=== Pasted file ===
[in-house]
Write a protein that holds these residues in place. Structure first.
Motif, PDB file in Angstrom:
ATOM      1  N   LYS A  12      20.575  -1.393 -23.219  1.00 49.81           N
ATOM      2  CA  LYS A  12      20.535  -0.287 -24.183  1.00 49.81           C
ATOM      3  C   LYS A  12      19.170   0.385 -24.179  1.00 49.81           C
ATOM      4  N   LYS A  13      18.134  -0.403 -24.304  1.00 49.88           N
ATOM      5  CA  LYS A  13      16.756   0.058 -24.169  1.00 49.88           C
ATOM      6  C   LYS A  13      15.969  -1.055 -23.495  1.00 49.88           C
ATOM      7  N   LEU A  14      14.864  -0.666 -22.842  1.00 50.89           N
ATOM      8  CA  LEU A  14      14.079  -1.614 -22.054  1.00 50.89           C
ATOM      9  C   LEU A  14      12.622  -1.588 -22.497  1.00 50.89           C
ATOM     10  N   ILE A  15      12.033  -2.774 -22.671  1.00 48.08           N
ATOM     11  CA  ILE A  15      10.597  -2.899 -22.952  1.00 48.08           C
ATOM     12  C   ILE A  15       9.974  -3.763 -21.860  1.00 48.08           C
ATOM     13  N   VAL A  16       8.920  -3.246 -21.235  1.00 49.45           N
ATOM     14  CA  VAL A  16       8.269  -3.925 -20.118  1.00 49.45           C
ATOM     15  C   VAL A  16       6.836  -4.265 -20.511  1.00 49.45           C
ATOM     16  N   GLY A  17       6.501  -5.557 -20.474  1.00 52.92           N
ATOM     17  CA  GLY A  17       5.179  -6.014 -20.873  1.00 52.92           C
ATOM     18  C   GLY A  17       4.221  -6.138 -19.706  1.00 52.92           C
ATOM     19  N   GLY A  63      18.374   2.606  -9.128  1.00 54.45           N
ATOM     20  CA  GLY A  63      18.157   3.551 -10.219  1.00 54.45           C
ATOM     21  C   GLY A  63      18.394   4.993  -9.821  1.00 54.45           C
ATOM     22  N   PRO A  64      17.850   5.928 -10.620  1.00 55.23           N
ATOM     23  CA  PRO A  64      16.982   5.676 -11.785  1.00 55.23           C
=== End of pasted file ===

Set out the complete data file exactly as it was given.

[in-house]
Write a protein that holds these residues in place. Structure first.
Motif, PDB file in Angstrom:
ATOM      1  N   LYS A  12      20.575  -1.393 -23.219  1.00 49.81           N
ATOM      2  CA  LYS A  12      20.535  -0.287 -24.183  1.00 49.81           C
ATOM      3  C   LYS A  12      19.170   0.385 -24.179  1.00 49.81           C
ATOM      4  N   LYS A  13      18.134  -0.403 -24.304  1.00 49.88           N
ATOM      5  CA  LYS A  13      16.756   0.058 -24.169  1.00 49.88           C
ATOM      6  C   LYS A  13      15.969  -1.055 -23.495  1.00 49.88           C
ATOM      7  N   LEU A  14      14.864  -0.666 -22.842  1.00 50.89           N
ATOM      8  CA  LEU A  14      14.079  -1.614 -22.054  1.00 50.89           C
ATOM      9  C   LEU A  14      12.622  -1.588 -22.497  1.00 50.89           C
ATOM     10  N   ILE A  15      12.033  -2.774 -22.671  1.00 48.08           N
ATOM     11  CA  ILE A  15      10.597  -2.899 -22.952  1.00 48.08           C
ATOM     12  C   ILE A  15       9.974  -3.763 -21.860  1.00 48.08           C
ATOM     13  N   VAL A  16       8.920  -3.246 -21.235  1.00 49.45           N
ATOM     14  CA  VAL A  16       8.269  -3.925 -20.118  1.00 49.45           C
ATOM     15  C   VAL A  16       6.836  -4.265 -20.511  1.00 49.45           C
ATOM     16  N   GLY A  17       6.501  -5.557 -20.474  1.00 52.92           N
ATOM     17  CA  GLY A  17       5.179  -6.014 -20.873  1.00 52.92           C
ATOM     18  C   GLY A  17       4.221  -6.138 -19.706  1.00 52.92           C
ATOM     19  N   GLY A  63      18.374   2.606  -9.128  1.00 54.45           N
ATOM     20  CA  GLY A  63      18.157   3.551 -10.219  1.00 54.45           C
ATOM     21  C   GLY A  63      18.394   4.993  -9.821  1.00 54.45           C
ATOM     22  N   PRO A  64      17.850   5.928 -10.620  1.00 55.23           N
ATOM     23  CA  PRO A  64      16.982   5.676 -11.785  1.00 55.23           C